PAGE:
And that’s make Dennis Schroder the next Monta Ellis, a talented player it was time to move. Though Schroder is just 24, he’s too combustible with and away from the team. Young is the Hawks’ future at point guard.

Rather than pay Schroder $46.5 million over the next three years, Atlanta is better off sinking $25,534,253 into a waived Carmelo Anthony this season. And the Hawks got a potential first-rounder in the deal!

The Thunder pick is lottery-protected in 2022. Otherwise, it converts into two second-rounders. So, there’s a decent chance Atlanta never receives a first-rounder. But unloading Schroder, who had negative value to many teams around the league, was enough. Getting a pick or two – who knows how good Oklahoma City will be in four years? – is gravy.

The Hawks also swapped Mike Muscala for Justin Anderson in the three-way trade with the Thunder and 76ers. For this team in this league, going from the 27-year-old center to a 24-year-old small forward  is an upgrade. Anderson must gain traction in his career, but it’s worth the bet he does so in Atlanta.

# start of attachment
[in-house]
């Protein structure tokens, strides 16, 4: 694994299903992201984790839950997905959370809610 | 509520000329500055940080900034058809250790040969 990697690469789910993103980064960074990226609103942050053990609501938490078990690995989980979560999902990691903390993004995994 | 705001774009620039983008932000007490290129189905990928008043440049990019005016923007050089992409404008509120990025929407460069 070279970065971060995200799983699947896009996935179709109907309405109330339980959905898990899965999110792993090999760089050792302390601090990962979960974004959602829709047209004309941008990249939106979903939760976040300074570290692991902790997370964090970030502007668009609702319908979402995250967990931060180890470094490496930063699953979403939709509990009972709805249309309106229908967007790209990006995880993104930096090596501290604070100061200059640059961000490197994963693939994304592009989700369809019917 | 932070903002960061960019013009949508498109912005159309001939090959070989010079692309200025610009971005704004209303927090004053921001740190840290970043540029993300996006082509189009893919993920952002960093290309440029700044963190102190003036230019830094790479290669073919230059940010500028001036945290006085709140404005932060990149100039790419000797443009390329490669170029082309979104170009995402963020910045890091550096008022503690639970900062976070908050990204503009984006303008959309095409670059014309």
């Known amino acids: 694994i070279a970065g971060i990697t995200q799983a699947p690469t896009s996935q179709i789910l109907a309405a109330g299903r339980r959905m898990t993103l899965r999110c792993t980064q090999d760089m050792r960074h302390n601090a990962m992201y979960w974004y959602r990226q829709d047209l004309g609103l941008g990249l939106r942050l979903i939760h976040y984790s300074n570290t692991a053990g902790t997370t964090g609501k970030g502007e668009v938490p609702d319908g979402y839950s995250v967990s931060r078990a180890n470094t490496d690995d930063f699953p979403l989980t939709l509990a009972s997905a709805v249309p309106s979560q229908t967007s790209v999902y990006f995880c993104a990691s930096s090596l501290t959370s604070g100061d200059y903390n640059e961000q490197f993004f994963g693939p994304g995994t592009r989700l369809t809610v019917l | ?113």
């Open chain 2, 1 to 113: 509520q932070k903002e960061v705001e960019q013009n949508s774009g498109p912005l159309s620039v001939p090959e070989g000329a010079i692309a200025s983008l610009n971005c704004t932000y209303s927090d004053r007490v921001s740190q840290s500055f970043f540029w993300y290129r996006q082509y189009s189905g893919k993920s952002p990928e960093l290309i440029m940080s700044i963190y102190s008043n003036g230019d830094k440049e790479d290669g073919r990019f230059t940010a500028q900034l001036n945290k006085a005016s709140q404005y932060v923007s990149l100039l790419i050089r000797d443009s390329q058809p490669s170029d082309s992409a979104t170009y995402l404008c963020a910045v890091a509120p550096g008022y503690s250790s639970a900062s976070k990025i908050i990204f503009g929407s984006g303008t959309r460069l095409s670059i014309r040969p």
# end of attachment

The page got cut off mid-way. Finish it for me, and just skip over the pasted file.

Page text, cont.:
Alex Len makes sense as another flier. The former No. 5 pick had moments in five years with the Suns, and he took major strides forward last season. Perhaps, the 25-year-old is on the verge of emerging as capable of being in a good team’s rotation. I’m surprised the price (guaranteed $8.51 million over two years) was so high, but the Hawks had cap space to burn. Better to get their preferred project center.

To that end, Atlanta splurged a lot of its cap room on Jeremy Lin, getting the point guard with just a smattering of second-round considerations going between Atlanta and Brooklyn. Could that cap space have been put to better use, like a salary dump or even just saving ownership money? Did the Hawks acquire Lin as a fan draw? Will Lin generate more revenue than his $13,768,421 salary? He could work well as a veteran mentor, but that’s a lot to pay a veteran mentor.